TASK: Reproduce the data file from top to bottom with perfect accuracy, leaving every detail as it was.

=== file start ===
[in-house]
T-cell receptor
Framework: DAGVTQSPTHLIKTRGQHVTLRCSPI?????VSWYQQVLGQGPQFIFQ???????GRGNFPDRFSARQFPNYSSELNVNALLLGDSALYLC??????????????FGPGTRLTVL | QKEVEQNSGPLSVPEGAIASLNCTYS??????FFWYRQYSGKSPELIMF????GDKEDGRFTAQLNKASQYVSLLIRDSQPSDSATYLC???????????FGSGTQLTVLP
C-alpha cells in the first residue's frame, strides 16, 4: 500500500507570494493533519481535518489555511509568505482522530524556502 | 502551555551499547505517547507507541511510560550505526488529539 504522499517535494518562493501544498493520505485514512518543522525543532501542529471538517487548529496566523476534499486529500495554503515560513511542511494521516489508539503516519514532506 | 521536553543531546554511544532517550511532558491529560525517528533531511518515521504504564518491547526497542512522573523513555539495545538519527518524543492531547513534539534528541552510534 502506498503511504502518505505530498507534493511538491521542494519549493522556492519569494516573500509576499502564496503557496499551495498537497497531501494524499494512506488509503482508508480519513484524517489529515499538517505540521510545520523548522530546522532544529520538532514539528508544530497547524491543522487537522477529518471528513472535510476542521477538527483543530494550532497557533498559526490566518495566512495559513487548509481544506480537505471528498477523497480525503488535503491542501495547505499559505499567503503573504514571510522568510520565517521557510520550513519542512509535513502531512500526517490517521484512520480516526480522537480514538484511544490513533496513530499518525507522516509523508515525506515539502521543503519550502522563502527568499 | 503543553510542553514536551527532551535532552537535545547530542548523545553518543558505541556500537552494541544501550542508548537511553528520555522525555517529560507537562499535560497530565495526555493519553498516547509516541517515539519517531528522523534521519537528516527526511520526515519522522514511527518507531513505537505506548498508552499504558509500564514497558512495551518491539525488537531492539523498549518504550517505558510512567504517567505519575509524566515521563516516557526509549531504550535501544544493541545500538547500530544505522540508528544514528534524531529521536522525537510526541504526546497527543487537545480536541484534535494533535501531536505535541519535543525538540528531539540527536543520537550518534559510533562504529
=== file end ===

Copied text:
[in-house]
T-cell receptor
Framework: DAGVTQSPTHLIKTRGQHVTLRCSPI?????VSWYQQVLGQGPQFIFQ???????GRGNFPDRFSARQFPNYSSELNVNALLLGDSALYLC??????????????FGPGTRLTVL | QKEVEQNSGPLSVPEGAIASLNCTYS??????FFWYRQYSGKSPELIMF????GDKEDGRFTAQLNKASQYVSLLIRDSQPSDSATYLC???????????FGSGTQLTVLP
C-alpha cells in the first residue's frame, strides 16, 4: 500500500507570494493533519481535518489555511509568505482522530524556502 | 502551555551499547505517547507507541511510560550505526488529539 504522499517535494518562493501544498493520505485514512518543522525543532501542529471538517487548529496566523476534499486529500495554503515560513511542511494521516489508539503516519514532506 | 521536553543531546554511544532517550511532558491529560525517528533531511518515521504504564518491547526497542512522573523513555539495545538519527518524543492531547513534539534528541552510534 502506498503511504502518505505530498507534493511538491521542494519549493522556492519569494516573500509576499502564496503557496499551495498537497497531501494524499494512506488509503482508508480519513484524517489529515499538517505540521510545520523548522530546522532544529520538532514539528508544530497547524491543522487537522477529518471528513472535510476542521477538527483543530494550532497557533498559526490566518495566512495559513487548509481544506480537505471528498477523497480525503488535503491542501495547505499559505499567503503573504514571510522568510520565517521557510520550513519542512509535513502531512500526517490517521484512520480516526480522537480514538484511544490513533496513530499518525507522516509523508515525506515539502521543503519550502522563502527568499 | 503543553510542553514536551527532551535532552537535545547530542548523545553518543558505541556500537552494541544501550542508548537511553528520555522525555517529560507537562499535560497530565495526555493519553498516547509516541517515539519517531528522523534521519537528516527526511520526515519522522514511527518507531513505537505506548498508552499504558509500564514497558512495551518491539525488537531492539523498549518504550517505558510512567504517567505519575509524566515521563516516557526509549531504550535501544544493541545500538547500530544505522540508528544514528534524531529521536522525537510526541504526546497527543487537545480536541484534535494533535501531536505535541519535543525538540528531539540527536543520537550518534559510533562504529